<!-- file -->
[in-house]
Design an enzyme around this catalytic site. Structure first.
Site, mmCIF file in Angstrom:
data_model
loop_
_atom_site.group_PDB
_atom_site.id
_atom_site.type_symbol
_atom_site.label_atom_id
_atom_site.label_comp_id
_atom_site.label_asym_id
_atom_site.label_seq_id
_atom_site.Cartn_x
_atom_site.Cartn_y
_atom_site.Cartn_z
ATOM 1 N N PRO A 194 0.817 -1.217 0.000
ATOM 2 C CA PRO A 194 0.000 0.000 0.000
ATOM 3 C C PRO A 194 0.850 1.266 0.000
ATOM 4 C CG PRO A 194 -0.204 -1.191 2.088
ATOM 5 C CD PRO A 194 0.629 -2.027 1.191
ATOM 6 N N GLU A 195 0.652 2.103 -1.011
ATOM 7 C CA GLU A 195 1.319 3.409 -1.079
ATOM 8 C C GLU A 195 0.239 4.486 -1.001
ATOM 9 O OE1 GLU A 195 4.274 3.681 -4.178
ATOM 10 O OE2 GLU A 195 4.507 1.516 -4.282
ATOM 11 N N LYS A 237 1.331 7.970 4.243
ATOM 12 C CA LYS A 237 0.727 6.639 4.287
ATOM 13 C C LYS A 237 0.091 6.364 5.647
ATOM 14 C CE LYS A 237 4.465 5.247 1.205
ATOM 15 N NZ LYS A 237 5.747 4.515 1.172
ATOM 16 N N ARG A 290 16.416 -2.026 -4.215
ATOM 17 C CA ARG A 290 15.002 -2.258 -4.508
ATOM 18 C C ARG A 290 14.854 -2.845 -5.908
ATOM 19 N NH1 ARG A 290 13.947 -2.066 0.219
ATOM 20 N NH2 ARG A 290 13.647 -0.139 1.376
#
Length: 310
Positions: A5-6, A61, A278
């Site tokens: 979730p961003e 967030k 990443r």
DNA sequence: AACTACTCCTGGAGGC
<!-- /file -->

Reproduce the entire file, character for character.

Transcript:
[in-house]
Design an enzyme around this catalytic site. Structure first.
Site, mmCIF file in Angstrom:
data_model
loop_
_atom_site.group_PDB
_atom_site.id
_atom_site.type_symbol
_atom_site.label_atom_id
_atom_site.label_comp_id
_atom_site.label_asym_id
_atom_site.label_seq_id
_atom_site.Cartn_x
_atom_site.Cartn_y
_atom_site.Cartn_z
ATOM 1 N N PRO A 194 0.817 -1.217 0.000
ATOM 2 C CA PRO A 194 0.000 0.000 0.000
ATOM 3 C C PRO A 194 0.850 1.266 0.000
ATOM 4 C CG PRO A 194 -0.204 -1.191 2.088
ATOM 5 C CD PRO A 194 0.629 -2.027 1.191
ATOM 6 N N GLU A 195 0.652 2.103 -1.011
ATOM 7 C CA GLU A 195 1.319 3.409 -1.079
ATOM 8 C C GLU A 195 0.239 4.486 -1.001
ATOM 9 O OE1 GLU A 195 4.274 3.681 -4.178
ATOM 10 O OE2 GLU A 195 4.507 1.516 -4.282
ATOM 11 N N LYS A 237 1.331 7.970 4.243
ATOM 12 C CA LYS A 237 0.727 6.639 4.287
ATOM 13 C C LYS A 237 0.091 6.364 5.647
ATOM 14 C CE LYS A 237 4.465 5.247 1.205
ATOM 15 N NZ LYS A 237 5.747 4.515 1.172
ATOM 16 N N ARG A 290 16.416 -2.026 -4.215
ATOM 17 C CA ARG A 290 15.002 -2.258 -4.508
ATOM 18 C C ARG A 290 14.854 -2.845 -5.908
ATOM 19 N NH1 ARG A 290 13.947 -2.066 0.219
ATOM 20 N NH2 ARG A 290 13.647 -0.139 1.376
#
Length: 310
Positions: A5-6, A61, A278
């Site tokens: 979730p961003e 967030k 990443r």
DNA sequence: AACTACTCCTGGAGGC